Senate approves draconian telecommunications bill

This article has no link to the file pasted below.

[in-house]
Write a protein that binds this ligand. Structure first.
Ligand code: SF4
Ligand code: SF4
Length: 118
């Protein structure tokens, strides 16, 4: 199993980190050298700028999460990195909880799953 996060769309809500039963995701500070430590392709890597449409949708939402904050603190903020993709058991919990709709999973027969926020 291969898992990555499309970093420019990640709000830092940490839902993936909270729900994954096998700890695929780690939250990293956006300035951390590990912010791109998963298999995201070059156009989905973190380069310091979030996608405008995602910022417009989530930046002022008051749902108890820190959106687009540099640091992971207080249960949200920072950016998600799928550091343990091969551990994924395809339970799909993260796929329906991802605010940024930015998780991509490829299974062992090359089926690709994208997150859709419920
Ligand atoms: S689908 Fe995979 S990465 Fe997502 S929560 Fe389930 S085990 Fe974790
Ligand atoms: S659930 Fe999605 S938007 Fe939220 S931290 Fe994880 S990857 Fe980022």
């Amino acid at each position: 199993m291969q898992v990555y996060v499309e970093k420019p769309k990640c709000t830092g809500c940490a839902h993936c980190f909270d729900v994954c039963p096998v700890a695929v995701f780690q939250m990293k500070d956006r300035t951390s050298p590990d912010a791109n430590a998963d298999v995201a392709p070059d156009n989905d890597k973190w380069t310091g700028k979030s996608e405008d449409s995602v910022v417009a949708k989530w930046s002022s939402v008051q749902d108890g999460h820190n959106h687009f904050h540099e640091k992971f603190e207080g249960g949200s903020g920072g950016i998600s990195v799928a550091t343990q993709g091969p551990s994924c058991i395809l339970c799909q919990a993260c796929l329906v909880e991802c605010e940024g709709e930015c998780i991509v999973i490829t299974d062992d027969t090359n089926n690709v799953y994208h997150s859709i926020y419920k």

first_img 2011-2020: A study of journalist murders in Latin America confirms the importance of strengthening protection policies RSF_en Follow the news on Mexico News Help by sharing this information May 5, 2021 Find out more Related documents documento_final_la_ley_telecom_que_queremos.pdfPDF – 467.42 KB MexicoAmericas July 4, 2014 – Updated on January 20, 2016 Senate approves draconian telecommunications bill to go further MexicoAmericas Organisation May 13, 2021 Find out more Receive email alerts The senate has just approved the “Secondary Law on Telecommunications” that President Enrique Peña Nieto’s government proposed on 24 March. Reporters Without Borders is alarmed by the speed with which the bill is being adopted because some of its articles threaten freedom of information.The bill provides for content surveillance, the right to block telecommunication services, prior censorship of news and information that could endanger national security, and an unequal distribution of licences between commercial, state-owned and community broadcast media.A majority of senators were in favour of the bill although some criticized the speed with which it was being adopted. The senate would have had just four hours to discuss it. The criticism resulted in a decision by parliament’s standing committee for an extraordinary debate today to decide on the bill’s final approval before submission to the chamber of deputies on 8 July.“We regret that the parliament has so far not taken account of any of civil society’s recommendations,” said Camille Soulier, the head of the Reporters Without Borders Americas desk.“Reform of the telecommunications law is indeed necessary but this bill has been advancing too quickly and is acquiring an alarming character. We urge legislators to discuss it more thoroughly and to consult civil society before taking a final decision so that its provisions can benefit from a democratic dialogue.”Reporters Without Borders supports a petition submitted to the senate on 2 July in which more than 100 human rights organizations and many members of the public expressed opposition to the bill. They said it would “permit prior censorship, violate property rights, and protect the rights of telecommunication companies rather than citizen rights.”Mexico is ranked 152nd out of 180 countries in the 2014 Reporters Without Borders press freedom index. Reports April 28, 2021 Find out more Reporter murdered in northwestern Mexico’s Sonora state News NSO Group hasn’t kept its promises on human rights, RSF and other NGOs say Newslast_img

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